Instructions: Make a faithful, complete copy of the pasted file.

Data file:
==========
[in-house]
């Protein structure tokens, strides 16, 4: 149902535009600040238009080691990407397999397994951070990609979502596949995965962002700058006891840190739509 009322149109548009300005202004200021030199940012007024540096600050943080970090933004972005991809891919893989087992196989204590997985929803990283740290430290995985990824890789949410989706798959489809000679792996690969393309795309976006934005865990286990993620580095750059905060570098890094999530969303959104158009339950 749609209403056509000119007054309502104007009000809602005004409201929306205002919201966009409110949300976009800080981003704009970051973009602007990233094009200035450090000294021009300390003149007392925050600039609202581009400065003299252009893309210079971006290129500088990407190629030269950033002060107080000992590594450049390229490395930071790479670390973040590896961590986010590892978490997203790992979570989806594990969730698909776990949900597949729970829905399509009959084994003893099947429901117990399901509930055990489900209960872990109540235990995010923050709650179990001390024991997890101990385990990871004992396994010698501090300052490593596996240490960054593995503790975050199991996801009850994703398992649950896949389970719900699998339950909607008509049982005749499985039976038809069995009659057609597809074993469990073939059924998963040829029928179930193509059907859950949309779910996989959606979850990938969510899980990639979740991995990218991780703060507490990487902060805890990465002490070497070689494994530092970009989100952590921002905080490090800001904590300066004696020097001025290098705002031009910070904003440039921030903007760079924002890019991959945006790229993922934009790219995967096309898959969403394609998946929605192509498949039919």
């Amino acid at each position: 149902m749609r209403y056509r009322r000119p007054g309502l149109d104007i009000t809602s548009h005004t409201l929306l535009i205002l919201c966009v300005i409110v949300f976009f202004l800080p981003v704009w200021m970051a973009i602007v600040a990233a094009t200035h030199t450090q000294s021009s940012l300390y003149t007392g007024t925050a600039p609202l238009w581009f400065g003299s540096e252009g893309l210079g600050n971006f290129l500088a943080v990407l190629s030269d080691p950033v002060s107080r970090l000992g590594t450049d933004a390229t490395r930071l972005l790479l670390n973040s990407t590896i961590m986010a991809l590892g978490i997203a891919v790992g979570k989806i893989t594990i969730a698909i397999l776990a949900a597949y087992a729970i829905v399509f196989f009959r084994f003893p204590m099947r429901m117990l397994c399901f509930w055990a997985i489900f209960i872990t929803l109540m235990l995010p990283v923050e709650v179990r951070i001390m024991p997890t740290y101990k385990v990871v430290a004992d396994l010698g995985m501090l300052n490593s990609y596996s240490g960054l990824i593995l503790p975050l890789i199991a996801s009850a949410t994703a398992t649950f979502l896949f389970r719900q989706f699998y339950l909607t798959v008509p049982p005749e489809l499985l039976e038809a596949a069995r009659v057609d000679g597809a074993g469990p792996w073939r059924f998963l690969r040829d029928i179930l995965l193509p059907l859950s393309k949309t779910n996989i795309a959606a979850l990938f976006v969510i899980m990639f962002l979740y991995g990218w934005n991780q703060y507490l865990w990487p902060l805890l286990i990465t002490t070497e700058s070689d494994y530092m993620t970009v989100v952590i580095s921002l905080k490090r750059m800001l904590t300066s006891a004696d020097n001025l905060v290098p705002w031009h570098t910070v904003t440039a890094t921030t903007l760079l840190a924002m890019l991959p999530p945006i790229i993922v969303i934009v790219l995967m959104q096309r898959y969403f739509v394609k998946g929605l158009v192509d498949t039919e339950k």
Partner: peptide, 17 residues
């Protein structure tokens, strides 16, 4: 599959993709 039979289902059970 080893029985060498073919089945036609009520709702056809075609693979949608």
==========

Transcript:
[in-house]
């Protein structure tokens, strides 16, 4: 149902535009600040238009080691990407397999397994951070990609979502596949995965962002700058006891840190739509 009322149109548009300005202004200021030199940012007024540096600050943080970090933004972005991809891919893989087992196989204590997985929803990283740290430290995985990824890789949410989706798959489809000679792996690969393309795309976006934005865990286990993620580095750059905060570098890094999530969303959104158009339950 749609209403056509000119007054309502104007009000809602005004409201929306205002919201966009409110949300976009800080981003704009970051973009602007990233094009200035450090000294021009300390003149007392925050600039609202581009400065003299252009893309210079971006290129500088990407190629030269950033002060107080000992590594450049390229490395930071790479670390973040590896961590986010590892978490997203790992979570989806594990969730698909776990949900597949729970829905399509009959084994003893099947429901117990399901509930055990489900209960872990109540235990995010923050709650179990001390024991997890101990385990990871004992396994010698501090300052490593596996240490960054593995503790975050199991996801009850994703398992649950896949389970719900699998339950909607008509049982005749499985039976038809069995009659057609597809074993469990073939059924998963040829029928179930193509059907859950949309779910996989959606979850990938969510899980990639979740991995990218991780703060507490990487902060805890990465002490070497070689494994530092970009989100952590921002905080490090800001904590300066004696020097001025290098705002031009910070904003440039921030903007760079924002890019991959945006790229993922934009790219995967096309898959969403394609998946929605192509498949039919």
């Amino acid at each position: 149902m749609r209403y056509r009322r000119p007054g309502l149109d104007i009000t809602s548009h005004t409201l929306l535009i205002l919201c966009v300005i409110v949300f976009f202004l800080p981003v704009w200021m970051a973009i602007v600040a990233a094009t200035h030199t450090q000294s021009s940012l300390y003149t007392g007024t925050a600039p609202l238009w581009f400065g003299s540096e252009g893309l210079g600050n971006f290129l500088a943080v990407l190629s030269d080691p950033v002060s107080r970090l000992g590594t450049d933004a390229t490395r930071l972005l790479l670390n973040s990407t590896i961590m986010a991809l590892g978490i997203a891919v790992g979570k989806i893989t594990i969730a698909i397999l776990a949900a597949y087992a729970i829905v399509f196989f009959r084994f003893p204590m099947r429901m117990l397994c399901f509930w055990a997985i489900f209960i872990t929803l109540m235990l995010p990283v923050e709650v179990r951070i001390m024991p997890t740290y101990k385990v990871v430290a004992d396994l010698g995985m501090l300052n490593s990609y596996s240490g960054l990824i593995l503790p975050l890789i199991a996801s009850a949410t994703a398992t649950f979502l896949f389970r719900q989706f699998y339950l909607t798959v008509p049982p005749e489809l499985l039976e038809a596949a069995r009659v057609d000679g597809a074993g469990p792996w073939r059924f998963l690969r040829d029928i179930l995965l193509p059907l859950s393309k949309t779910n996989i795309a959606a979850l990938f976006v969510i899980m990639f962002l979740y991995g990218w934005n991780q703060y507490l865990w990487p902060l805890l286990i990465t002490t070497e700058s070689d494994y530092m993620t970009v989100v952590i580095s921002l905080k490090r750059m800001l904590t300066s006891a004696d020097n001025l905060v290098p705002w031009h570098t910070v904003t440039a890094t921030t903007l760079l840190a924002m890019l991959p999530p945006i790229i993922v969303i934009v790219l995967m959104q096309r898959y969403f739509v394609k998946g929605l158009v192509d498949t039919e339950k």
Partner: peptide, 17 residues
């Protein structure tokens, strides 16, 4: 599959993709 039979289902059970 080893029985060498073919089945036609009520709702056809075609693979949608």